Fast money and hungry labels hurt hip-hop more than any “mumble rapper.” As A&Rs and label executives continue privileging virality, sensationalism, and social media antics over musical quality, we will continue to see the rise of flash-in-the-pan rappers.
Yet, it is not all gloom and doom at the major-label level. Speaking with Gary Suarez in a new interview for Forbes Entertainment, CMG owner Jonny Shipes stated plainly that clout comes last when he signs new artists.
“I don't want to walk into Cinematic and see a bunch of clout chasing weirdos that are setting their hair on fire to get views,” Shipes told Suarez. “I don't care if it takes me ten more years to get where I'm going; it has to start with quality.”
Quality, according to Shipes, comes down to the poignancy of the raps for a hip-hop artist. “If you close your eyes and listen, there's gonna be a picture painted.” he said. “If it's a hip-hop artist, is it taking me right to their block, into their house, right into the kitchen?”
Of course, Shipes finds himself in good company with this approach. We have Pulse Music Group’s VP of A&R, Ashley Calhoun focusing on the potential starpower and creative energy of an artist, telling TIDAL: “Artists give off different vibes, but there’s a certain drive you can feel when you meet someone that’s passionate, and that’s what I look for.”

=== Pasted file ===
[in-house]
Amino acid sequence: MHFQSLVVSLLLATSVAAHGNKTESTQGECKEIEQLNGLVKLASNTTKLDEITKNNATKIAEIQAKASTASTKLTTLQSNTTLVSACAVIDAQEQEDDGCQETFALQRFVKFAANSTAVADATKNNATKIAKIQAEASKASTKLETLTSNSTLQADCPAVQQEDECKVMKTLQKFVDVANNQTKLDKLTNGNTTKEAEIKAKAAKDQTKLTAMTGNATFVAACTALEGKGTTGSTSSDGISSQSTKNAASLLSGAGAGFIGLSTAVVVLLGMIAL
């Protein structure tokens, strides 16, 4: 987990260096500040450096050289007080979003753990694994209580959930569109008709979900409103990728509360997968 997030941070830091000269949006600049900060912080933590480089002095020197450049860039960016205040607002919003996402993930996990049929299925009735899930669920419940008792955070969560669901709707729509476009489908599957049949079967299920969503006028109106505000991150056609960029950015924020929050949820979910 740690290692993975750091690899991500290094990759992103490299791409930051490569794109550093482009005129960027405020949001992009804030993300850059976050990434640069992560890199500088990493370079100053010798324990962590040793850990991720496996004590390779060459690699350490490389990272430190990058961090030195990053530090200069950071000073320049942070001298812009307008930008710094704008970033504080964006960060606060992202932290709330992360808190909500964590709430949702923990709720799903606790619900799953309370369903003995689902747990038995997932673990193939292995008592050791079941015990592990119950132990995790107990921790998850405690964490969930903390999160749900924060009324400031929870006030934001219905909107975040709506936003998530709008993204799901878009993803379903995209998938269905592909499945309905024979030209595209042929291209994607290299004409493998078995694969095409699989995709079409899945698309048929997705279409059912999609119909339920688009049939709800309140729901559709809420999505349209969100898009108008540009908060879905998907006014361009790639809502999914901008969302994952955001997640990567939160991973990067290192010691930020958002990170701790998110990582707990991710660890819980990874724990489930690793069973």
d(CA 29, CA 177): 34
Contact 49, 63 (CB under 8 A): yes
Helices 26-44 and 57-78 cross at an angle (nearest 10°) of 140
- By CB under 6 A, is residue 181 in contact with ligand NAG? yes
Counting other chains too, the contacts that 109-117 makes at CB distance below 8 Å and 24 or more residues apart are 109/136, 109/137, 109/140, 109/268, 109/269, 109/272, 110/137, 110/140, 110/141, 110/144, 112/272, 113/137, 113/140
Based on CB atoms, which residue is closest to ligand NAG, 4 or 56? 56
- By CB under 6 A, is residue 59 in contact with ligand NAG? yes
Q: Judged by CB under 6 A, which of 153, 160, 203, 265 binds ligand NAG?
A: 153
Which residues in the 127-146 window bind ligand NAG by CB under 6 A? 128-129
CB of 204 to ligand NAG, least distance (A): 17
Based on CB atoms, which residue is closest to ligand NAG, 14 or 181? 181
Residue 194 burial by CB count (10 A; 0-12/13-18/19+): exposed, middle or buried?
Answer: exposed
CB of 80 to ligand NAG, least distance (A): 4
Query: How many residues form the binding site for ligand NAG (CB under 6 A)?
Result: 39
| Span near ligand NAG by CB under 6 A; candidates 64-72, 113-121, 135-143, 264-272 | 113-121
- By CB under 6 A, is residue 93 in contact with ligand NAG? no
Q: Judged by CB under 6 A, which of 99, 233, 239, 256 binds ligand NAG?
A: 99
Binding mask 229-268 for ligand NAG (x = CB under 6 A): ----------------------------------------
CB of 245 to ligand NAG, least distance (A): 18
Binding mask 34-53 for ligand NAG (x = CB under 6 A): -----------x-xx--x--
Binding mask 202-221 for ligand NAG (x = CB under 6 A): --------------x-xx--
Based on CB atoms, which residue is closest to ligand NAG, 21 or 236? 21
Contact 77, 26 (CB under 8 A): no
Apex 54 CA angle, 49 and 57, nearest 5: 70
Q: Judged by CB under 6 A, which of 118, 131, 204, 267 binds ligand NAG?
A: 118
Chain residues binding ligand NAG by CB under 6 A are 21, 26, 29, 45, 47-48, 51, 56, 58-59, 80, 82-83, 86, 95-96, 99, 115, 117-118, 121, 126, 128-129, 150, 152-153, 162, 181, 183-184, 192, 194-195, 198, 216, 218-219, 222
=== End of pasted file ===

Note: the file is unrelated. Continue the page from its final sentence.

Def Jam EVP Steven Victor also looks beyond numbers and staged chaos, telling HITS Daily Double: “I’m doing it the old-fashioned way: If I find somebody and think that they’re a superstar and I think they’re talented, I sign them and hope for the best. I don’t really look for the numbers, because the numbers could be deceiving—shit moves so fast these days.”
Over the past 11 years, Shipes is responsible for signing Joey Bada$$, Big K.R.I.T, G Herbo, and Mick Jenkins, among others.
Praise be to the A&Rs who still care, we appreciate you and your aversion to “clout chasing weirdos.”
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